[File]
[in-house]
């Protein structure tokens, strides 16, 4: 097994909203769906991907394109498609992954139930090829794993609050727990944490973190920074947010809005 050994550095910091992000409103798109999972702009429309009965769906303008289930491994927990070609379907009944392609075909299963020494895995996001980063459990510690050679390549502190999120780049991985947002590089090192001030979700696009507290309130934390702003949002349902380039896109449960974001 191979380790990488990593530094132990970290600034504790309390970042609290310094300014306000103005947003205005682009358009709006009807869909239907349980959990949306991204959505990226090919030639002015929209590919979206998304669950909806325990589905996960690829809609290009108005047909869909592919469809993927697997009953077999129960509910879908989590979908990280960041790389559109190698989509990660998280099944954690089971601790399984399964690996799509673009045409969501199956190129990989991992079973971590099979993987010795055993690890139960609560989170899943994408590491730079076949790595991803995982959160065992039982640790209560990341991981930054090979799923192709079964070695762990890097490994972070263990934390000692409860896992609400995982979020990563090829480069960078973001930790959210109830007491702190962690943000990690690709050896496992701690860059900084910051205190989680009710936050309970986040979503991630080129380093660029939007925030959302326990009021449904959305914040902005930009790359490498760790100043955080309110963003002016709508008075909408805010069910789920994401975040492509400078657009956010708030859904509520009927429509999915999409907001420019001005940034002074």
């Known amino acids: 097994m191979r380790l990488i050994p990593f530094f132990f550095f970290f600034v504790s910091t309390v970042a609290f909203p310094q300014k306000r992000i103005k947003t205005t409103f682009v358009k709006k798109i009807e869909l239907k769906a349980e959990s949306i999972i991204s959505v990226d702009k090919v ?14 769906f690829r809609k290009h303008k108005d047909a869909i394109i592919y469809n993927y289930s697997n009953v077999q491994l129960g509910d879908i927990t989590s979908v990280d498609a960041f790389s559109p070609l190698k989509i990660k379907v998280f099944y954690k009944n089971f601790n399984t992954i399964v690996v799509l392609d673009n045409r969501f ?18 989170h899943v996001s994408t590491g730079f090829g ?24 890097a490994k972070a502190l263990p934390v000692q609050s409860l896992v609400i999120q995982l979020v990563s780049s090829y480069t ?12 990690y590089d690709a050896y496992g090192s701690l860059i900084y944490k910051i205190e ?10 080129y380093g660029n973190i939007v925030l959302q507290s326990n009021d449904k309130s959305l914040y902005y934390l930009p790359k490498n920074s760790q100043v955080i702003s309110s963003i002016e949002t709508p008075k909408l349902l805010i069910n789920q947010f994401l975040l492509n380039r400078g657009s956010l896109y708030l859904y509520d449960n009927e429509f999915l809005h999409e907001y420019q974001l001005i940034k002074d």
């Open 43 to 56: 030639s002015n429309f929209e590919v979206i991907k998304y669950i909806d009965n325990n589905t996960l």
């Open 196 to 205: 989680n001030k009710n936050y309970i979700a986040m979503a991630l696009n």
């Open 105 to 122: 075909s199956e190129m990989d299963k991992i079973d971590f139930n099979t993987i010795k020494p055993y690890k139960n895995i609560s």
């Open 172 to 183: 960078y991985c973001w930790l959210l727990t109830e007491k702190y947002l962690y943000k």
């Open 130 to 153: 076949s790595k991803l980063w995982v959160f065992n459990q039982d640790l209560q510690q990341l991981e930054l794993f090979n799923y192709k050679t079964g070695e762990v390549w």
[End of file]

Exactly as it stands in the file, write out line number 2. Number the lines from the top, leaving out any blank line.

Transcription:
């Protein structure tokens, strides 16, 4: 097994909203769906991907394109498609992954139930090829794993609050727990944490973190920074947010809005 050994550095910091992000409103798109999972702009429309009965769906303008289930491994927990070609379907009944392609075909299963020494895995996001980063459990510690050679390549502190999120780049991985947002590089090192001030979700696009507290309130934390702003949002349902380039896109449960974001 191979380790990488990593530094132990970290600034504790309390970042609290310094300014306000103005947003205005682009358009709006009807869909239907349980959990949306991204959505990226090919030639002015929209590919979206998304669950909806325990589905996960690829809609290009108005047909869909592919469809993927697997009953077999129960509910879908989590979908990280960041790389559109190698989509990660998280099944954690089971601790399984399964690996799509673009045409969501199956190129990989991992079973971590099979993987010795055993690890139960609560989170899943994408590491730079076949790595991803995982959160065992039982640790209560990341991981930054090979799923192709079964070695762990890097490994972070263990934390000692409860896992609400995982979020990563090829480069960078973001930790959210109830007491702190962690943000990690690709050896496992701690860059900084910051205190989680009710936050309970986040979503991630080129380093660029939007925030959302326990009021449904959305914040902005930009790359490498760790100043955080309110963003002016709508008075909408805010069910789920994401975040492509400078657009956010708030859904509520009927429509999915999409907001420019001005940034002074």